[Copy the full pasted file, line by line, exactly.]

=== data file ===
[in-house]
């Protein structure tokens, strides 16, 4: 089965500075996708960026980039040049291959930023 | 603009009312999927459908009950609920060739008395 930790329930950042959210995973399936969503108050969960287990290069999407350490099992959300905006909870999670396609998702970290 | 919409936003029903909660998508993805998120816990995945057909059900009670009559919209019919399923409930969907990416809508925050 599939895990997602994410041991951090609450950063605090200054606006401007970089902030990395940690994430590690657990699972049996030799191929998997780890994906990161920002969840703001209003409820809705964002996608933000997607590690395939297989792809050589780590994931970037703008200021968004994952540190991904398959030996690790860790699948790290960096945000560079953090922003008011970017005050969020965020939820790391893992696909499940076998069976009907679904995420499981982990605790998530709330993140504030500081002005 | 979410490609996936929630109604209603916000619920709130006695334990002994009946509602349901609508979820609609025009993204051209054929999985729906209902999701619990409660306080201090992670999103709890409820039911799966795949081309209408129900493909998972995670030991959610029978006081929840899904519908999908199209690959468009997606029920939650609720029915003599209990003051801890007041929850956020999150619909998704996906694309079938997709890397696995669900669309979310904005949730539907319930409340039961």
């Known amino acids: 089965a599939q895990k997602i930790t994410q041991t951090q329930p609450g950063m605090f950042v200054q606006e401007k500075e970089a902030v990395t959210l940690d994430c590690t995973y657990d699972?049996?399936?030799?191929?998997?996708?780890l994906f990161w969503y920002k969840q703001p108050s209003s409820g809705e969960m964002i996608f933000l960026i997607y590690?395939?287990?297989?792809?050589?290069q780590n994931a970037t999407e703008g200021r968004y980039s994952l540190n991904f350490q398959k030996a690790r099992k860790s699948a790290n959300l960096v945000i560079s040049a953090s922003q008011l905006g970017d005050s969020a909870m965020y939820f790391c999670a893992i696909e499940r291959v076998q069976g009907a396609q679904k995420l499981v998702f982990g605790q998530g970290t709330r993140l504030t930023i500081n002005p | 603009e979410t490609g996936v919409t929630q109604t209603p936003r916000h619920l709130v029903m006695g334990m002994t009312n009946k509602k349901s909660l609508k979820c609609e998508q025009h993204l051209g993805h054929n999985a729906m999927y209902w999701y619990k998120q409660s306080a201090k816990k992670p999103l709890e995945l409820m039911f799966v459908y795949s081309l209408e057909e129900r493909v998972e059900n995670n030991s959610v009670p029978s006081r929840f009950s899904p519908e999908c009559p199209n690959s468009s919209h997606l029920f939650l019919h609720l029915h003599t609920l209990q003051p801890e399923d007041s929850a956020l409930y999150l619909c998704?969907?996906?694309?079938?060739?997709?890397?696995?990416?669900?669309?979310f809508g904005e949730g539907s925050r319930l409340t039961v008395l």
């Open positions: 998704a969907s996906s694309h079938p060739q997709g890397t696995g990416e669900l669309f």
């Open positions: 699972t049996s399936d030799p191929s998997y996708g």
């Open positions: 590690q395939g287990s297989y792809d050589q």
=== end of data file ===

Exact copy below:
[in-house]
């Protein structure tokens, strides 16, 4: 089965500075996708960026980039040049291959930023 | 603009009312999927459908009950609920060739008395 930790329930950042959210995973399936969503108050969960287990290069999407350490099992959300905006909870999670396609998702970290 | 919409936003029903909660998508993805998120816990995945057909059900009670009559919209019919399923409930969907990416809508925050 599939895990997602994410041991951090609450950063605090200054606006401007970089902030990395940690994430590690657990699972049996030799191929998997780890994906990161920002969840703001209003409820809705964002996608933000997607590690395939297989792809050589780590994931970037703008200021968004994952540190991904398959030996690790860790699948790290960096945000560079953090922003008011970017005050969020965020939820790391893992696909499940076998069976009907679904995420499981982990605790998530709330993140504030500081002005 | 979410490609996936929630109604209603916000619920709130006695334990002994009946509602349901609508979820609609025009993204051209054929999985729906209902999701619990409660306080201090992670999103709890409820039911799966795949081309209408129900493909998972995670030991959610029978006081929840899904519908999908199209690959468009997606029920939650609720029915003599209990003051801890007041929850956020999150619909998704996906694309079938997709890397696995669900669309979310904005949730539907319930409340039961």
């Known amino acids: 089965a599939q895990k997602i930790t994410q041991t951090q329930p609450g950063m605090f950042v200054q606006e401007k500075e970089a902030v990395t959210l940690d994430c590690t995973y657990d699972?049996?399936?030799?191929?998997?996708?780890l994906f990161w969503y920002k969840q703001p108050s209003s409820g809705e969960m964002i996608f933000l960026i997607y590690?395939?287990?297989?792809?050589?290069q780590n994931a970037t999407e703008g200021r968004y980039s994952l540190n991904f350490q398959k030996a690790r099992k860790s699948a790290n959300l960096v945000i560079s040049a953090s922003q008011l905006g970017d005050s969020a909870m965020y939820f790391c999670a893992i696909e499940r291959v076998q069976g009907a396609q679904k995420l499981v998702f982990g605790q998530g970290t709330r993140l504030t930023i500081n002005p | 603009e979410t490609g996936v919409t929630q109604t209603p936003r916000h619920l709130v029903m006695g334990m002994t009312n009946k509602k349901s909660l609508k979820c609609e998508q025009h993204l051209g993805h054929n999985a729906m999927y209902w999701y619990k998120q409660s306080a201090k816990k992670p999103l709890e995945l409820m039911f799966v459908y795949s081309l209408e057909e129900r493909v998972e059900n995670n030991s959610v009670p029978s006081r929840f009950s899904p519908e999908c009559p199209n690959s468009s919209h997606l029920f939650l019919h609720l029915h003599t609920l209990q003051p801890e399923d007041s929850a956020l409930y999150l619909c998704?969907?996906?694309?079938?060739?997709?890397?696995?990416?669900?669309?979310f809508g904005e949730g539907s925050r319930l409340t039961v008395l």
């Open positions: 998704a969907s996906s694309h079938p060739q997709g890397t696995g990416e669900l669309f």
């Open positions: 699972t049996s399936d030799p191929s998997y996708g």
């Open positions: 590690q395939g287990s297989y792809d050589q």